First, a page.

Army Medical Home and Behavioral Health Consultants
By Rebecca Shinneman, Primary Care Service Line, MEDCOMMay 3, 2016
WASHINGTON -- Behavioral health care within the Army has historically been provided through several relatively separate service delivery systems. Primary care managers (PCMs) in Military Treatment Facilities (MTFs), have provided the majority of behavioral health treatment. However, for a variety of reasons, they were often limited to prescribing medications and/or referring patients to the civilian network. A smaller proportion of individuals with behavioral health problems were treated in military specialty behavioral health clinics. Limited access at many of our behavioral health clinics resulted in a significant number of family member enrollees receiving specialty behavioral health treatment through the private sector.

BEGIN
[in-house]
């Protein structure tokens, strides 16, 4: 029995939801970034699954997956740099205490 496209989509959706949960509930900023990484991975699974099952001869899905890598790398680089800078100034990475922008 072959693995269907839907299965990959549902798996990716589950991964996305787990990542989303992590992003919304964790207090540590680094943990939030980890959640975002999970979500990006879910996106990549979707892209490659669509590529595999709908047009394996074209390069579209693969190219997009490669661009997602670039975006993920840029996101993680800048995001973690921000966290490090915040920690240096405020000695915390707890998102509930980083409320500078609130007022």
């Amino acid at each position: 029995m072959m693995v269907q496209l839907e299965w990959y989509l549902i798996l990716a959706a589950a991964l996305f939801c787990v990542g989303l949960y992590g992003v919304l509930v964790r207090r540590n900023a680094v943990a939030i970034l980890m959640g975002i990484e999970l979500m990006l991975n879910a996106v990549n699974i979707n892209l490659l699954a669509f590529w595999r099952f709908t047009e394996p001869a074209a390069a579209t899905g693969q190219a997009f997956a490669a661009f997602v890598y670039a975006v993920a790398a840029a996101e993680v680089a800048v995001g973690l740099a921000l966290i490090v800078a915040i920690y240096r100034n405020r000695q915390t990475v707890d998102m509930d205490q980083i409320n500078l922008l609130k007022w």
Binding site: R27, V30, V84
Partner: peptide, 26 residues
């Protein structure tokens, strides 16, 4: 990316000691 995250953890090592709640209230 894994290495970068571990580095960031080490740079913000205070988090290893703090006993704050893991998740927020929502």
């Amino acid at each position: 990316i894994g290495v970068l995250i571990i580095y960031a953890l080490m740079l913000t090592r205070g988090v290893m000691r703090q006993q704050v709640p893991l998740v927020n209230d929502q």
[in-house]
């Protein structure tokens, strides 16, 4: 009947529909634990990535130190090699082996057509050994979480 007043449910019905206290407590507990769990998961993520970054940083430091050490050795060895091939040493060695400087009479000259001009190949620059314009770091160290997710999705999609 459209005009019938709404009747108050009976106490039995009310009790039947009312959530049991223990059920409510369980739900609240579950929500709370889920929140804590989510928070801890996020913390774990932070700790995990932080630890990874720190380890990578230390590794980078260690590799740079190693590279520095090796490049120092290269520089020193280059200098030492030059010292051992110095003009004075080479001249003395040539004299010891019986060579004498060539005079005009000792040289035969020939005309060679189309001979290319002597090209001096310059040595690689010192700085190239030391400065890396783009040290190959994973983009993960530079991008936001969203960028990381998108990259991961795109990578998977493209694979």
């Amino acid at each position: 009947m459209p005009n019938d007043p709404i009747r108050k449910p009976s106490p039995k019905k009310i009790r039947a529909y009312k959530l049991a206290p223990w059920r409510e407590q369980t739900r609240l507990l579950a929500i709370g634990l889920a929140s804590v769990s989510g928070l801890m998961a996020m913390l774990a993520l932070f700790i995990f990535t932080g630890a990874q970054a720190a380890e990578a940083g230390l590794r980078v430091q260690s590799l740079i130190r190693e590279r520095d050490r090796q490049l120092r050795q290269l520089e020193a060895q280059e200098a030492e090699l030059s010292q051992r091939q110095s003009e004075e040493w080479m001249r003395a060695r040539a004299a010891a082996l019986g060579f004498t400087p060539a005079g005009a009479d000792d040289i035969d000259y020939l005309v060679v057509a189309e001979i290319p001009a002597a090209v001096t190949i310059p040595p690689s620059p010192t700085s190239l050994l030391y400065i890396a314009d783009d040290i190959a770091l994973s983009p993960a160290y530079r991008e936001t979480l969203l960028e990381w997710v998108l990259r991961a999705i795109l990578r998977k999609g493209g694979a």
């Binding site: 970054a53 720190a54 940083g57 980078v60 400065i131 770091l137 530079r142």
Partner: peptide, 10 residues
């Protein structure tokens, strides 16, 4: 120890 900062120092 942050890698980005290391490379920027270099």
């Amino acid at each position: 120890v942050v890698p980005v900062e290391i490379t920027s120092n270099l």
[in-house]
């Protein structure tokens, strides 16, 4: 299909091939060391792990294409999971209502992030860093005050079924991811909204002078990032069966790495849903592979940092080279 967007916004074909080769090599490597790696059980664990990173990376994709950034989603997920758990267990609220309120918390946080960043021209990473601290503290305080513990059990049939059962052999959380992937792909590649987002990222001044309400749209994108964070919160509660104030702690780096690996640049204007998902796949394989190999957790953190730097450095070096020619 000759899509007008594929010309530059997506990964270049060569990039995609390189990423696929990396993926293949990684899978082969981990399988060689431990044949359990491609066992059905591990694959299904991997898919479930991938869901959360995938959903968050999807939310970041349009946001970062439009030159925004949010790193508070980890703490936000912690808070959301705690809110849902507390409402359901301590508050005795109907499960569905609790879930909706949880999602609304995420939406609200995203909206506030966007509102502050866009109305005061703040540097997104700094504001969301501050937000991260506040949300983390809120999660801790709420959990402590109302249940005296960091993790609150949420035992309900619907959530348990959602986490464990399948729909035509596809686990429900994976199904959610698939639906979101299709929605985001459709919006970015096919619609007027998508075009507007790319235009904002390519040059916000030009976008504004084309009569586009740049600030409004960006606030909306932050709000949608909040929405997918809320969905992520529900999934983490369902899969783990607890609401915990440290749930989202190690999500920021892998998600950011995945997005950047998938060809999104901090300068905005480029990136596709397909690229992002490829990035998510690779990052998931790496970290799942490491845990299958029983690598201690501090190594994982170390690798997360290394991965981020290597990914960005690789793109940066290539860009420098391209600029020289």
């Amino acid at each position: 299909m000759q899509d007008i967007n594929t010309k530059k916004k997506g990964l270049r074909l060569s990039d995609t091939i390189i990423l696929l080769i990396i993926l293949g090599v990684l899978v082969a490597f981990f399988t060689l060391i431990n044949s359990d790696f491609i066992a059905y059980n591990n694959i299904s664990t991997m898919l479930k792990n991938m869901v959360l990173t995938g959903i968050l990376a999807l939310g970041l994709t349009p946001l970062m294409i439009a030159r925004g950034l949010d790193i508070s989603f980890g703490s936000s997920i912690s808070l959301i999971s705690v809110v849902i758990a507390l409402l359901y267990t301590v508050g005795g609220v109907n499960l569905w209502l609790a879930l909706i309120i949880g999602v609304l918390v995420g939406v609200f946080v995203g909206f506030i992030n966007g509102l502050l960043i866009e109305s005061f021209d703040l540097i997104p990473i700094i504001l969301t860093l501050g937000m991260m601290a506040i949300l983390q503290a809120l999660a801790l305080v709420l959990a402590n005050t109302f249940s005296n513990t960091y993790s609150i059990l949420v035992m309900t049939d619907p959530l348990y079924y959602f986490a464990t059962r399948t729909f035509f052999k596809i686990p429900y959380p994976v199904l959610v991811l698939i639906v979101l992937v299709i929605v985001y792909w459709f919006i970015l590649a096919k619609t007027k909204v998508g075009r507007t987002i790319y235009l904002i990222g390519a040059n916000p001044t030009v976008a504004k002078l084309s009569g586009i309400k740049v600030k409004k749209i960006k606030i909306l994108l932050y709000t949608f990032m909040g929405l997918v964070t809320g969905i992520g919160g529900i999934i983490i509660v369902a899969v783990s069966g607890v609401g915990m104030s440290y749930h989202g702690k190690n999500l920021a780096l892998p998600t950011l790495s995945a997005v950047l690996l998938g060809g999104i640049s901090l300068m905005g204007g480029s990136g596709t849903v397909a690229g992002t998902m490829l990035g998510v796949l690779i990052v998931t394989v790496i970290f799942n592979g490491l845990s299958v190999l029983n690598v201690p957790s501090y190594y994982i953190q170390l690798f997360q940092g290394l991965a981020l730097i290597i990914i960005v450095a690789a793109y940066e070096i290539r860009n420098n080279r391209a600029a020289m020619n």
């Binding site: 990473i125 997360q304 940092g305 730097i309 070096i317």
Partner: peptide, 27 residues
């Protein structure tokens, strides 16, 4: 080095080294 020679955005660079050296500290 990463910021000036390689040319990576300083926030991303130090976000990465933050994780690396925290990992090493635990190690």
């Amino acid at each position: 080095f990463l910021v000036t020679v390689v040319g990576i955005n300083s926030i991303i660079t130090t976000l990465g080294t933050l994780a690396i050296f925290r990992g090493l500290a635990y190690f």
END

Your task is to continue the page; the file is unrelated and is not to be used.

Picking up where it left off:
Primary care has undergone significant transformations in recent years with the creation of the Army Patient Centered Medical Home (PCMH) which focuses on readily accessible, comprehensive, in house, patient centered care. In the winter of 2010, the Army mandated the implementation of PCMHs across Army Medicine which included the requirement for all medical homes to provide integrated behavioral health services. The medical home has continued to transform over the past couple of years, now called the Army Medical Home, with Community Based Medical Homes in the neighborhoods where beneficiaries live and Soldier Centered Medical Homes for active duty Soldiers only."A large percent of our patients suffer from behavioral health symptoms at some point in their life. Unfortunately, for some people these symptoms won't be identified or treated until they begin to have a significant impact on the person's life. Being able to identify those symptoms early and offering appropriate treatment in a timely manner could potentially lead to a reduction of more serious symptoms down the road," explains Commander (Dr.) Aditya Bhagwat, the Program Manager for Primary Care Behavioral Health, in Army Medical Homes.Bhagwat, a United States Public Health Service officer and Board Certified Clinical Neuropsychologist, also explained that integrating behavioral health care into the Army Medical Home has resulted in substantial changes in the way Army Medicine delivers behavioral health services. By integrating behavioral health professionals ("internal behavioral health consultants," or "IBHCs") and behavioral health Care Facilitators (BHCFs) directly into primary care clinics, IBHCs and BHCFs can work as full-time Army Medical Home team members. They assist the team with early identification of behavioral health needs which has allowed more patients to receive appropriate level treatment in primary care, while continuing to allow those with more significant needs to access specialty behavioral health clinics.Behavioral health team members integrated in the medical home have increased the quality and availability of behavioral health services to all beneficiaries through our primary care clinics. In addition, more family members are able to receive behavioral health services through the MTF, thereby increasing patient satisfaction. Bhagwat explained "the IBHC is part of an interdisciplinary team in the medical home. When a patient comes to see their PCM for a behavioral health or medical issue, the PCM will start a treatment plan with the patient. The IBHC will work with the PCM and patient to help the patient successfully implement the plan by addressing barriers and providing individualized strategies to attain their goals" In addition, Bhagwat goes on to explain, PCMs can consult with IBHCs for a wide variety of reasons including, chronic pain, diabetes, weight, depression, tobacco cessation, sleep difficulties and other concerns.Positioning behavioral health care as a routine element of primary medical care reduces the barrier of stigma associated with receiving any form of behavioral health care. Patients can make direct appointments with their Medical Home IBHC, but know that the IBHC will be communicating closely with the patient's PCM. Bhagwat's goals for the future are to continue to grow the program and increase awareness of the program's many benefits. Bhagwat states "the Primary Care Behavioral Health program is a highly beneficial but currently underutilized program in Army Medicine. Our goal is to increase utilization to improve the health of the people we serve."
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